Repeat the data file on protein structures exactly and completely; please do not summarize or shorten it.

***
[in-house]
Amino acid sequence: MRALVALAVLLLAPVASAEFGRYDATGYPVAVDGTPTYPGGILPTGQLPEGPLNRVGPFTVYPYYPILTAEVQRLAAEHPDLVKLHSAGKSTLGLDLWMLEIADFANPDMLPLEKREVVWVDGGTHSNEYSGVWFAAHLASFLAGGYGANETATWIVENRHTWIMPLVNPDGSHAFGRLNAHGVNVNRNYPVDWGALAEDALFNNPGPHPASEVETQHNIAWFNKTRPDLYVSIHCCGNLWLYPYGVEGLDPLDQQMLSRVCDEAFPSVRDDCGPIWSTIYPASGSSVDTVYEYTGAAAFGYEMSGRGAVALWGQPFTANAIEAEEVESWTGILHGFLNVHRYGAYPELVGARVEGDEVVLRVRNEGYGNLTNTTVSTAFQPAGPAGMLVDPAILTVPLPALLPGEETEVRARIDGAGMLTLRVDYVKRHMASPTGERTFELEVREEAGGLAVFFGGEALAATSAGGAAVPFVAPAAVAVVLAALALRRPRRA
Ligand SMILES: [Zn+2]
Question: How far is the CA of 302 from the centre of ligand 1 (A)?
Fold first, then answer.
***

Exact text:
[in-house]
Amino acid sequence: MRALVALAVLLLAPVASAEFGRYDATGYPVAVDGTPTYPGGILPTGQLPEGPLNRVGPFTVYPYYPILTAEVQRLAAEHPDLVKLHSAGKSTLGLDLWMLEIADFANPDMLPLEKREVVWVDGGTHSNEYSGVWFAAHLASFLAGGYGANETATWIVENRHTWIMPLVNPDGSHAFGRLNAHGVNVNRNYPVDWGALAEDALFNNPGPHPASEVETQHNIAWFNKTRPDLYVSIHCCGNLWLYPYGVEGLDPLDQQMLSRVCDEAFPSVRDDCGPIWSTIYPASGSSVDTVYEYTGAAAFGYEMSGRGAVALWGQPFTANAIEAEEVESWTGILHGFLNVHRYGAYPELVGARVEGDEVVLRVRNEGYGNLTNTTVSTAFQPAGPAGMLVDPAILTVPLPALLPGEETEVRARIDGAGMLTLRVDYVKRHMASPTGERTFELEVREEAGGLAVFFGGEALAATSAGGAAVPFVAPAAVAVVLAALALRRPRRA
Ligand SMILES: [Zn+2]
Question: How far is the CA of 302 from the centre of ligand 1 (A)?
Fold first, then answer.